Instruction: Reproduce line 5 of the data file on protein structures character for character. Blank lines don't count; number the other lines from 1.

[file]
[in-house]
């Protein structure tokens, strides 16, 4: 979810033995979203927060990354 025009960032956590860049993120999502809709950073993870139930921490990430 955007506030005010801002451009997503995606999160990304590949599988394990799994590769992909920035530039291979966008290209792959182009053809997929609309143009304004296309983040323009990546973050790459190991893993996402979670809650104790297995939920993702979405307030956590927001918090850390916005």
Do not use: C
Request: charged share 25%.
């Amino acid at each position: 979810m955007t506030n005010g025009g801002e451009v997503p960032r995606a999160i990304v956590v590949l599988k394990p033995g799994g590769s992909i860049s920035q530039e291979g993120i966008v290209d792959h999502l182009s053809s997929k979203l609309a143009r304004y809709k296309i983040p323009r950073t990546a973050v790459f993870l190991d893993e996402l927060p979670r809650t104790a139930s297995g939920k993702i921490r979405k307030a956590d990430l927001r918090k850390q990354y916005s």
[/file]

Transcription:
């Amino acid at each position: 979810m955007t506030n005010g025009g801002e451009v997503p960032r995606a999160i990304v956590v590949l599988k394990p033995g799994g590769s992909i860049s920035q530039e291979g993120i966008v290209d792959h999502l182009s053809s997929k979203l609309a143009r304004y809709k296309i983040p323009r950073t990546a973050v790459f993870l190991d893993e996402l927060p979670r809650t104790a139930s297995g939920k993702i921490r979405k307030a956590d990430l927001r918090k850390q990354y916005s």